IF there were an exam in Procrastination I would get a distinction. No problem.
Whatever I'm supposed to be doing, something else crops up and takes my attention. Is the kitchen looking as if a tornado has swept through it during the night? Then I'm at my keyboard typing away and catching up on social media before I've even removed the double-strength bleach from the cupboard.
Should I be writing? Then I'm going through the kitchen like a possessed cleaning fairy - tidying, scrubbing and polishing.
I've always been the same. I was quite good at school but only because I have a retentive short-term memory. The weeks when I should have been revising for exams I was playing tennis and hockey, polishing up my social skills with the boys and reading trashy novels. Just before the exam, though, and I was burning the midnight oil, cramming facts and formulae into my poor old brain.
It worked for me, in a fashion. The exams would arrive and I could regurgitate all the facts, draw my conclusions and arrange them all into a well-reasoned paper. But as soon as the exam was over. Gone. Five minutes ago I knew all about the Treaty of Versailles, now it's "What treaty?"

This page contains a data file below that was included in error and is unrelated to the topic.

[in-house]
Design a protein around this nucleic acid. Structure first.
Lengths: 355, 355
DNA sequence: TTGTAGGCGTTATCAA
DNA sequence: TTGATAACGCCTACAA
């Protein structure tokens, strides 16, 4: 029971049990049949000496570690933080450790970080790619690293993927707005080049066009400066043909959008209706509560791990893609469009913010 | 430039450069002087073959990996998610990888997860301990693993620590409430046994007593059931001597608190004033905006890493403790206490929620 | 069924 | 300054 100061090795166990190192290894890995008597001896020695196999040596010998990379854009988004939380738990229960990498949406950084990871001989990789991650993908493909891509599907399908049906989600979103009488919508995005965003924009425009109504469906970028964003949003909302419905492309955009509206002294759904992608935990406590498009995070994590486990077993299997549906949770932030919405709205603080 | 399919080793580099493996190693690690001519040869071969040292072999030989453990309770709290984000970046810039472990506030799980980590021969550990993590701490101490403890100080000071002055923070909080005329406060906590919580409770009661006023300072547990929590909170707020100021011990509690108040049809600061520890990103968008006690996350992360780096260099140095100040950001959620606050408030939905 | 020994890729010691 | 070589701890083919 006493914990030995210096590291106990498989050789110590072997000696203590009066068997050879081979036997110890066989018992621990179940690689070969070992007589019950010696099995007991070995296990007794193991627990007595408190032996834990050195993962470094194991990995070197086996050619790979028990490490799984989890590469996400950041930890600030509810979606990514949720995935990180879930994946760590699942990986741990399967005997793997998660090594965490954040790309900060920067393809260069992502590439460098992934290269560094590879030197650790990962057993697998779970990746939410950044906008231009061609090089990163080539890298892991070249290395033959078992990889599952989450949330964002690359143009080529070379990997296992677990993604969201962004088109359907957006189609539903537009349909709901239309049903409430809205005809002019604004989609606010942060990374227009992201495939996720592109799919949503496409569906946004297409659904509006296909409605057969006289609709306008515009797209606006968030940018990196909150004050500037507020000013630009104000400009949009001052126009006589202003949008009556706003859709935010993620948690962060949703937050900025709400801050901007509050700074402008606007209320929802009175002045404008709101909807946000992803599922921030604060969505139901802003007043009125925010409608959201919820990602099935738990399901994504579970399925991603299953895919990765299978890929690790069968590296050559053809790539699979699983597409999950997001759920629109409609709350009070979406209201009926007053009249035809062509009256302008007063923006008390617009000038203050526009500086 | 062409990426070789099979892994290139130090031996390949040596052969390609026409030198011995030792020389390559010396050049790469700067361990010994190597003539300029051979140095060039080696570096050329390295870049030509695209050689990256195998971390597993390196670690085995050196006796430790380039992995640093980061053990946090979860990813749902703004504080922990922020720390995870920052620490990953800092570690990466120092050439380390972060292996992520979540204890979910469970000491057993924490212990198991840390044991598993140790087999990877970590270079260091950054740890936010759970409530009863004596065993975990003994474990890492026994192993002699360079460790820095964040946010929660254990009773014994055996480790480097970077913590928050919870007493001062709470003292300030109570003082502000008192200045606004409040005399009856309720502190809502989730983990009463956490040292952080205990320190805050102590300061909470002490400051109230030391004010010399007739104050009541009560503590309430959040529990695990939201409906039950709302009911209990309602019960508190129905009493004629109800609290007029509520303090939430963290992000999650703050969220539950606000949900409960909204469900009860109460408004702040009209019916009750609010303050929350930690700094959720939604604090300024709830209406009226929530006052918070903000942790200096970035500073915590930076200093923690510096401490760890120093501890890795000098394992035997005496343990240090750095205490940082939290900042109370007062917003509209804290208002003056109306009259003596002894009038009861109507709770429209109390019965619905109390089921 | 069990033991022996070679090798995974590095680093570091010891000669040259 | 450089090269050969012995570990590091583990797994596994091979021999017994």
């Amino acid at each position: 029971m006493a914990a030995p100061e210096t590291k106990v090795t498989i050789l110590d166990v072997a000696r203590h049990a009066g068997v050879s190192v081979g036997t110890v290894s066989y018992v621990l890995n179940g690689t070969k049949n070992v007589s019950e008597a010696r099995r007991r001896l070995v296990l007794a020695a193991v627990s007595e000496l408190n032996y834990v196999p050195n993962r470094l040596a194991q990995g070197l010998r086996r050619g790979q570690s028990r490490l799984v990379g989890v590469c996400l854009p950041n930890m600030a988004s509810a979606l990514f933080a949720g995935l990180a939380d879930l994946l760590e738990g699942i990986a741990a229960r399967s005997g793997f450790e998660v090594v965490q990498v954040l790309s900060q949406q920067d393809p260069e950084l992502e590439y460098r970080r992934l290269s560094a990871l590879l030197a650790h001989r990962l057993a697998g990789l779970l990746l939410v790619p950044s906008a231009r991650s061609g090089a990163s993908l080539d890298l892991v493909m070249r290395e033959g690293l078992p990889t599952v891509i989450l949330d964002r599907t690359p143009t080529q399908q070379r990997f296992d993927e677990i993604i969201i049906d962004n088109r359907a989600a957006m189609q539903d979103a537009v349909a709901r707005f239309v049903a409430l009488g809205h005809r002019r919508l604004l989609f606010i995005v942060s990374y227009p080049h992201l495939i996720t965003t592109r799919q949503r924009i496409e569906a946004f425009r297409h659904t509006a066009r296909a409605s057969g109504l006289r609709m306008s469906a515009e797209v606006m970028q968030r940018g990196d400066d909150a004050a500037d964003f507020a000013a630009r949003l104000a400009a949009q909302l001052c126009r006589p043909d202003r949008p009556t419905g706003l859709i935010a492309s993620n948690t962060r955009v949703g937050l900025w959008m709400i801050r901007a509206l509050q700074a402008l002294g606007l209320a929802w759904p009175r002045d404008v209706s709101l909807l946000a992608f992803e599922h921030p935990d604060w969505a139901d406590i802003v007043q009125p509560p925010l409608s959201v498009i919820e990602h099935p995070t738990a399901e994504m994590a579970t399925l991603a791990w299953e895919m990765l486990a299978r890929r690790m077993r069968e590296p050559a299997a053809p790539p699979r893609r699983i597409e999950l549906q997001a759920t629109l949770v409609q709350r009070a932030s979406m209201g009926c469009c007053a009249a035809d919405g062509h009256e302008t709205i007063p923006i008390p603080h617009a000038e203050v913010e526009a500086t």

Because this method served me so well, I never changed. Thrown out into the real world I got a job as a newspaper reporter. This was ideal. I had to work to very strict deadlines so there was no time for deviation. No editor I ever had would have accepted any excuse for a story being filed late. (You broke your leg on the way to work? You still have the other one. Hop. And what do you think telephones are for?) I worked for newspapers for more than 30 years in various jobs - all had deadlines that had to be adhered to.
Now, however, I am mainly freelance with the odd week back on newspapers for holiday and sickness cover. Left to my own devices I was soon back in the old, old routine. I sat in front of my laptop, a long list of "things to do" beside me. I'd start an article and have to look something up on the internet. Half an hour later I'd still be surfing away. You wouldn't think there was a logical progression from the Battles of World War One to a video tour of a house for sale in the Kazakhstan, but I managed it.
But I am changing I have come to realise that procrastination just isn't going to cut it if I am going to find any success as a freelance writer.
I have become my own boss and this boss is STRICT.
- I have another blog in the A to Z Challenge called That's Purrfect.